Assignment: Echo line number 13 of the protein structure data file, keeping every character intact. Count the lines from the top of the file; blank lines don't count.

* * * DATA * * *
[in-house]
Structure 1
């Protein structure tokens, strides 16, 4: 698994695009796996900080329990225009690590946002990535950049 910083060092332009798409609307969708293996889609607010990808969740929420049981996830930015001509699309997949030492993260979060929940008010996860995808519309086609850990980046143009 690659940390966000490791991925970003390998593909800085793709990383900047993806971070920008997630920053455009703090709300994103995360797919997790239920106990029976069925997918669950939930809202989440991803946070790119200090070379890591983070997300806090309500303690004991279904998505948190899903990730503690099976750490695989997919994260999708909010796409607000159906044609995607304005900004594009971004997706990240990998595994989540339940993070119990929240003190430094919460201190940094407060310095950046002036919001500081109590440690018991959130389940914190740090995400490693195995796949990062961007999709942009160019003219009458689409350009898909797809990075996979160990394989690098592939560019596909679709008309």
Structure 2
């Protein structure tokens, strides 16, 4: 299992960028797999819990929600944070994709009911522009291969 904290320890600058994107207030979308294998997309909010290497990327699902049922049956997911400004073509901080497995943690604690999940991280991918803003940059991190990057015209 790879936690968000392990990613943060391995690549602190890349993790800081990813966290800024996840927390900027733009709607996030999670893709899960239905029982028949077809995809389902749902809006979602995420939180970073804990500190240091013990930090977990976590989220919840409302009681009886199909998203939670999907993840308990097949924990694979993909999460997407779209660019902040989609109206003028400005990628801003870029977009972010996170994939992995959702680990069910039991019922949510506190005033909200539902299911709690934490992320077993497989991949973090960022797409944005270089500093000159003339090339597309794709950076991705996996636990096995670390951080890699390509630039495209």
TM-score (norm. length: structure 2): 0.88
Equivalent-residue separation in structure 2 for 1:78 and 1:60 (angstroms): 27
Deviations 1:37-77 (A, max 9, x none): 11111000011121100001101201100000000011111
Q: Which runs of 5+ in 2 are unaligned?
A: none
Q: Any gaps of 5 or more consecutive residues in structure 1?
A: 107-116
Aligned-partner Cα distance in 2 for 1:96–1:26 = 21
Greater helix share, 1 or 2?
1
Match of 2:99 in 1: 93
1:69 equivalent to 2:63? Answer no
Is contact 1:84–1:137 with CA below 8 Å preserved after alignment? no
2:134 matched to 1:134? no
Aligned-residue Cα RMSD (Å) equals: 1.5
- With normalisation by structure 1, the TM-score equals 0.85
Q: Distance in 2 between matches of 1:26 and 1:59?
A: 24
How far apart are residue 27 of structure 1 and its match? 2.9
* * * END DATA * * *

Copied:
Aligned-partner Cα distance in 2 for 1:96–1:26 = 21